I was at the beach a few weeks ago and I was doing one of my favorite things: people watching. I watched families play with their children, I saw people riding their bikes and drawing in the sand, I saw people relaxing with an umbrella drink in hand. One thing that kept my attention the longest though was a little boy, knee deep in the ocean with a fishing net. I watched him as he scooped the net through the water and would excitedly check to see if he finally caught anything. Nothing. He would do it again. Nothing. He repeated it with excitement each time until he ended up catching something. I’m not sure what he caught but I could see pure enjoyment on his face as if he had discovered the answer to life’s hardest questions.
This sense of curiosity gets lost as we get older, doesn’t it? We enter school. We are overwhelmed with pre-assessments, post-assessments, one-answer questions, standards, worksheets, and more. We ask questions, not out of curiosity, but so that we get it right on tests. We become easily frustrated. We become unmotivated. Instead of raising kids as collaborative problem-solvers and critical thinkers, we are raising them as independent, by-the-book students and we wonder what is going wrong. Too many kids are falling through the cracks and being passed from grade to grade as schools transition to new “rigorous” standards. As a educator, I understand how it has gotten this way, but as a educator, I’m not okay with it. It’s time to draw outside the lines. And that’s why I’m excited to be the program director for a place that values education. I certainly don’t have everything figured out but that’s what being a life-long learner is all about. When I tell our staff about some of my plans, I’m constantly saying, “I know I’m crazy, but I have a purpose. There’s a reason why I’m doing this.” What is the purpose? To foster intellectual curiosity, to promote academic enrichment, to support our little readers and critical thinkers and problem-solvers outside of school walls…I want to draw outside the lines.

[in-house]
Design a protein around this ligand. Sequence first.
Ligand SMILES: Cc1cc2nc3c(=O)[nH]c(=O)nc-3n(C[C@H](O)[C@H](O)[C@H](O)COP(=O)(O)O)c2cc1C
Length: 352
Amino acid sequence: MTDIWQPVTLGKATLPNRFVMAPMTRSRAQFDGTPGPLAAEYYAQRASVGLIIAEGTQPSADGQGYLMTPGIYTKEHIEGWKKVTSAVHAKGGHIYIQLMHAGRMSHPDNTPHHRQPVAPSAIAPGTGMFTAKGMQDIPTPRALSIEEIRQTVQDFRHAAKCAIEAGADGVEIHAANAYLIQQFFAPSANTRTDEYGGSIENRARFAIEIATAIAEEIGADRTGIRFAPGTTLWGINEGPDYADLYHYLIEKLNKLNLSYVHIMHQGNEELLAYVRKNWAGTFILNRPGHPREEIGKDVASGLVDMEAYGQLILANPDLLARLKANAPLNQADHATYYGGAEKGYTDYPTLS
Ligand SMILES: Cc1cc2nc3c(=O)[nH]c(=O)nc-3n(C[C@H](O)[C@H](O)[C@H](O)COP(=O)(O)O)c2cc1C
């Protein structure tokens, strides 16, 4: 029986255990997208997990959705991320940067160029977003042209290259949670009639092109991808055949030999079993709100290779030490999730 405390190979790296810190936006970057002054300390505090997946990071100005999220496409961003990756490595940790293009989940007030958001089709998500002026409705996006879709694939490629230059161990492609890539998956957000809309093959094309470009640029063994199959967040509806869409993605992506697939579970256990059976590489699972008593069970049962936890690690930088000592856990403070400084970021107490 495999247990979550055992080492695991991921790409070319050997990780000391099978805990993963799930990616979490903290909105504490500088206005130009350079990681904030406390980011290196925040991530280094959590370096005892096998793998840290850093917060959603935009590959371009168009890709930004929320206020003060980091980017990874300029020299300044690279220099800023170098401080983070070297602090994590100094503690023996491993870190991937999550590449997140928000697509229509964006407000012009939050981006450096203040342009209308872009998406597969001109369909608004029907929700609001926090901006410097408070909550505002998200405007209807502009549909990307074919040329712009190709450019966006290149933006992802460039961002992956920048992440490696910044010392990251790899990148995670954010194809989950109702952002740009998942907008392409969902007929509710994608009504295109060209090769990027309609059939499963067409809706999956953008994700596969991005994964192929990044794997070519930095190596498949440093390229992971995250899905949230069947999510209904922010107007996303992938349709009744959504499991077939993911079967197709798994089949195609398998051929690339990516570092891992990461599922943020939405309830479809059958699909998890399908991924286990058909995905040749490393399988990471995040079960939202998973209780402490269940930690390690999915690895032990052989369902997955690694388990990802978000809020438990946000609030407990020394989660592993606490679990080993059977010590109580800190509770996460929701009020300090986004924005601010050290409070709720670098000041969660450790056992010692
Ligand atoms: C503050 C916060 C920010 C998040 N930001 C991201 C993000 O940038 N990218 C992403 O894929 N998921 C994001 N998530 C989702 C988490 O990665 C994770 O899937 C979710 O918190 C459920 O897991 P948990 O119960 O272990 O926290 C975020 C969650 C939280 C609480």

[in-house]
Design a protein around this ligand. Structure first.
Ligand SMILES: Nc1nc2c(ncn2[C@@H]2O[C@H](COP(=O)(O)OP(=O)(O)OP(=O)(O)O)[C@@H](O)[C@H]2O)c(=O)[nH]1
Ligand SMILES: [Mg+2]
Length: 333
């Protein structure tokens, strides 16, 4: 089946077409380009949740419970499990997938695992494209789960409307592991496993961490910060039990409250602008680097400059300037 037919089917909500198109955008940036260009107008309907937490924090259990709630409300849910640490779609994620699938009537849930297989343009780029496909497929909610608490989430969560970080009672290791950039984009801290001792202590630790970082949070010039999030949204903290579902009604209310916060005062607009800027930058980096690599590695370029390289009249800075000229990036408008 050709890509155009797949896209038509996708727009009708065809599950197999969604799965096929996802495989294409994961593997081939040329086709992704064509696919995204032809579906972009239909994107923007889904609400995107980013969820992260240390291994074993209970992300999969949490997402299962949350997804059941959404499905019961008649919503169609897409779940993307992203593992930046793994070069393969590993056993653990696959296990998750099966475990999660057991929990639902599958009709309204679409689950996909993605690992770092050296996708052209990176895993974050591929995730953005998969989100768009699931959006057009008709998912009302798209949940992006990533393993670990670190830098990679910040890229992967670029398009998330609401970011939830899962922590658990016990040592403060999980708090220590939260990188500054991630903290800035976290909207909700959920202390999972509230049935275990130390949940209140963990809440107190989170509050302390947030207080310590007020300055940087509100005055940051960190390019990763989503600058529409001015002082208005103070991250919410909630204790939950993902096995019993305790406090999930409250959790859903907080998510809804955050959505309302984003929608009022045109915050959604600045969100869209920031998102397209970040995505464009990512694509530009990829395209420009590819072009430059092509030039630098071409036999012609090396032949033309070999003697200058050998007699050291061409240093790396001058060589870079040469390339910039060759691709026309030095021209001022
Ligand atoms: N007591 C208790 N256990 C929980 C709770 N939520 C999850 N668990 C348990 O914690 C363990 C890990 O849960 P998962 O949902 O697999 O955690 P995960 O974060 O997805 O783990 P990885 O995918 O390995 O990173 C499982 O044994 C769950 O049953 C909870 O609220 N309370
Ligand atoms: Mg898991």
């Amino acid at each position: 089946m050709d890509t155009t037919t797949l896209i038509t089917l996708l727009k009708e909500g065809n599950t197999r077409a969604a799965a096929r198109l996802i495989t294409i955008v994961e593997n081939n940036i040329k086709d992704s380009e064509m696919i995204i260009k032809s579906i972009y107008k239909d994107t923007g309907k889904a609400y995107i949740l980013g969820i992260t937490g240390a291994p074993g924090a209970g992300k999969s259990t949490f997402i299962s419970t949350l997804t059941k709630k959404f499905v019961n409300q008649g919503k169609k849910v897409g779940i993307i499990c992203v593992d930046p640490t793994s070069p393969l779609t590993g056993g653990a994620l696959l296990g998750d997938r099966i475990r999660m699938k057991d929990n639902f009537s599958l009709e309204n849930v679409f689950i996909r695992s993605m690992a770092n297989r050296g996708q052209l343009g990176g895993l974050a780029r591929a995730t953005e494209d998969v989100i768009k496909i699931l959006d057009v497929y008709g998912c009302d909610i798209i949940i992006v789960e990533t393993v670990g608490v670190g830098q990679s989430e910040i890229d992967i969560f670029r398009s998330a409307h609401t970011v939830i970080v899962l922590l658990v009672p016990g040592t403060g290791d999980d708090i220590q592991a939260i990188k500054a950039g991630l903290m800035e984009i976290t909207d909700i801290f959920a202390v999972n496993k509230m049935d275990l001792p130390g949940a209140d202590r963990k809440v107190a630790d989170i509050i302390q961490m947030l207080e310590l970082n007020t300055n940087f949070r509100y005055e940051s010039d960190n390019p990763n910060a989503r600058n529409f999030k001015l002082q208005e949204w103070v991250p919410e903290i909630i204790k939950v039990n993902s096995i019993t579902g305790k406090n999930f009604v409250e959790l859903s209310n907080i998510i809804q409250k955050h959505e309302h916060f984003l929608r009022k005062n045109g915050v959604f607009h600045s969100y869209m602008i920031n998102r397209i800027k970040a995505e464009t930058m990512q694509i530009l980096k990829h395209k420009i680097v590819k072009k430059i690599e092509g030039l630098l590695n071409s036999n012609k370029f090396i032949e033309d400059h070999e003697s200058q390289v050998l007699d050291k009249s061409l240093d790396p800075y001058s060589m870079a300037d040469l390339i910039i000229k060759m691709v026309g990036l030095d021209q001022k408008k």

One thing I learned about the Stewart Center is that it has a way of drawing people back. The Stewart Center promotes building relationships with our kids, families, and the community. We learn each other’s story and push each other to reach our full potential. My story with Stewart Center began when I was a 7th grader. I’m now a college graduate and working somewhere that has had my heart from the very beginning. In middle school, I came to the blue center twice with a group to volunteer for a week. A few years passed, and as a senior in high school, I came back to the center with a different group. At the end of our week there, Clayton Davis told us that if anyone was interested in interning the following summer to let him know. Without much thought, I knew exactly what I wanted to do the following summer. I could tell the Stewart Center was a special place and I wanted to be a part of what was happening. Little did I know, I would be back after the first summer. Again. And again. For 2 summers, I worked as a summer camp counselor and then the following summer, I was the Jumpstart leader for our Pittsburgh site. I recently accepted the position as program director.
One thing I can tell you about the Stewart Center is that is has a way of drawing people together. I’m excited about being a part of this special family, to work with this organization, and to grow as an individual, leader, and teacher. If I haven’t met you yet, I look forward to meeting you in person. You are welcome at the blue center any time!